Leave it to the excellent casting and performances of the ensemble cast to highlight the range of volatile emotions. If the streets of New York move fast, this concrete jungle takes the volume up a few levels. Kasamatsu can be sweet one minute and force his intimidation on an unsuspecting character the next. Maybe it’s the language itself but every non-English speaker can be intimidating with the quietest inflection.
Where Tokyo Vice gets into its rhythm is around the halfway mark of the season. Elgort’s confused fugue state becomes more common and understanding the deeper in the weeds he gets. The intensity that kicks the series off with director Michael Mann (Heat, Public Enemies) at the helm setting the tone, is injected a touch of flavor. Whether it’s at a club and Jake dancing like no one is watching to relive the stress of being a reporter or debating furiously over which late 90’s early 2000’s boy band reigns supreme (it’s always NSYNC, never doubt it).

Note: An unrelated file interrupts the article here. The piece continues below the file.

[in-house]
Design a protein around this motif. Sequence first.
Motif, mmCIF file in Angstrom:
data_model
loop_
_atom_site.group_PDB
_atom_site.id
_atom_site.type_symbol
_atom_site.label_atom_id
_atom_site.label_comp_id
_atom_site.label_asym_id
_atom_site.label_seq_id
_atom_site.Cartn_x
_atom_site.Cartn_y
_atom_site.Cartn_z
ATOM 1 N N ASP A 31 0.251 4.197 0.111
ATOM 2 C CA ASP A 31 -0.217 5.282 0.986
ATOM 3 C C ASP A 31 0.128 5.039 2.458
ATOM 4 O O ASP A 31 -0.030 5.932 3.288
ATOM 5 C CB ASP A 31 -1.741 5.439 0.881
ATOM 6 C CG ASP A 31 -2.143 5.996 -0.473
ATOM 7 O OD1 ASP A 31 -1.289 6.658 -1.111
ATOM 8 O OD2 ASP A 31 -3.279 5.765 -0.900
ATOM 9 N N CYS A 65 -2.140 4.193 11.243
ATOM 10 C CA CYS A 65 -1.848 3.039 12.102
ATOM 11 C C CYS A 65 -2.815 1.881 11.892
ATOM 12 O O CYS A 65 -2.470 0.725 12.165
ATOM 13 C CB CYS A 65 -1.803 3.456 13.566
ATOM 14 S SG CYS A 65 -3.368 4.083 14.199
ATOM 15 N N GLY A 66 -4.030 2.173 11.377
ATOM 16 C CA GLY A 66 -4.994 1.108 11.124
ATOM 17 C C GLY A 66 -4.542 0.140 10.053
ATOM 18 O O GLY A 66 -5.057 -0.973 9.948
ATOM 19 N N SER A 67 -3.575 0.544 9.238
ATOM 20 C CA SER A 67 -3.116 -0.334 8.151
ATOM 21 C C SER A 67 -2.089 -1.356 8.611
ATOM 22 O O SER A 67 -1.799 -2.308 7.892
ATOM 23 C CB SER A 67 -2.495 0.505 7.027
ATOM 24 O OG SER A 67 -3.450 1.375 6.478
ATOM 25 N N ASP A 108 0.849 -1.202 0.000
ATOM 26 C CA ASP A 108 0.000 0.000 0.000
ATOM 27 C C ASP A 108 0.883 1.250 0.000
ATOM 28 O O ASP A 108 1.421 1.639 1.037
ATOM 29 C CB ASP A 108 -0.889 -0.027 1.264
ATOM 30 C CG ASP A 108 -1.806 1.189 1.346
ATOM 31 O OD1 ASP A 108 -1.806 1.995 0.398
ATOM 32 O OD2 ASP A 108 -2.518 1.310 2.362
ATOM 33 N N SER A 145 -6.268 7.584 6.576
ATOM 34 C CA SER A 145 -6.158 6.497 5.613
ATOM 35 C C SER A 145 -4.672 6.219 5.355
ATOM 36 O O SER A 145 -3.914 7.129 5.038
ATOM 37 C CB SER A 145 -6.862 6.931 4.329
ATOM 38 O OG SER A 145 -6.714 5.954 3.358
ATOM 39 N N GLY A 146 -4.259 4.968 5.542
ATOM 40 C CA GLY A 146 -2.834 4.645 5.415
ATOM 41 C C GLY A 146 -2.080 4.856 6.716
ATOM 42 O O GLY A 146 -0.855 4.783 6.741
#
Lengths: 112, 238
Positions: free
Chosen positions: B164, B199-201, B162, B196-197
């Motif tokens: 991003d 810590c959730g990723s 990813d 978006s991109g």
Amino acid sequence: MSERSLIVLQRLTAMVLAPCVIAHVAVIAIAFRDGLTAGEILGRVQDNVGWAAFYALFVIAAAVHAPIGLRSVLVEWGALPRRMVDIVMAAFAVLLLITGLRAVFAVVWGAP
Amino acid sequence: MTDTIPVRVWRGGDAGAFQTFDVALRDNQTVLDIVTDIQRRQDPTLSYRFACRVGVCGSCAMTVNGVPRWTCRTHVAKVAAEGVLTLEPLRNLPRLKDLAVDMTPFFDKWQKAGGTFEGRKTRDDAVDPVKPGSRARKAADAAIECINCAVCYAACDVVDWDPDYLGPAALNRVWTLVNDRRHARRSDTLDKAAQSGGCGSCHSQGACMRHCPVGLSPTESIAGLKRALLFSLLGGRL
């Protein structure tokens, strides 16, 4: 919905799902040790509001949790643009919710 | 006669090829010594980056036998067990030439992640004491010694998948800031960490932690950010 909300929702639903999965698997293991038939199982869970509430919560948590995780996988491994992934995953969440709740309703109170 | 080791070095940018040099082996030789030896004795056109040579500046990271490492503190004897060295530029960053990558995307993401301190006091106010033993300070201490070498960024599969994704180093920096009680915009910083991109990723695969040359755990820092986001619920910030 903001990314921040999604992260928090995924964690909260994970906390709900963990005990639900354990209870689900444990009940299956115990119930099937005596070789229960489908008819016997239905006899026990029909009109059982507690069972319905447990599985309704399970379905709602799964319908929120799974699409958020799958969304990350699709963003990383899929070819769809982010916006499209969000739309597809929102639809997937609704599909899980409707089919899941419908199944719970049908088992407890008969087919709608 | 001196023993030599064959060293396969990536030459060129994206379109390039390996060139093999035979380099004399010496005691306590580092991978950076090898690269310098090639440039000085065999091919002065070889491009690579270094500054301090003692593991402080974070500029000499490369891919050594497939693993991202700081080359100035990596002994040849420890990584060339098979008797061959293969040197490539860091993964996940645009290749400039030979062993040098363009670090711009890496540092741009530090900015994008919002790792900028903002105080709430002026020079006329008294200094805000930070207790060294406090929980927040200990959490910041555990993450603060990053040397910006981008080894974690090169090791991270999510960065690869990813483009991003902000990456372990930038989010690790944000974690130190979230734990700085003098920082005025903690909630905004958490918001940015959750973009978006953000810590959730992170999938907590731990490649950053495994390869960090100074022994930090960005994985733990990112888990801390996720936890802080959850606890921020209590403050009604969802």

Once Samantha’s religious backstory and how she came to be in her position is explored, more layers are added to an already rich story. Samantha isn’t just a typical love interest, damsel in distress – Rachel Keller brings a seductive mystery to her character that leaves the viewer wanting more.
Knowing where the series starts on the tense atmospheric opening of a meeting between Jake and the Yakuza to where the finale leaves off, wanting more out of this world is an understatement. The eight episodes give just enough culture, verisimilitude, and lore to curb the appetite. But still, there is a lot left to explore from both an outsider’s perspective and from the inside. It’s a dangerous world, but when handled correctly, the pull to be drawn in won’t take much convincing.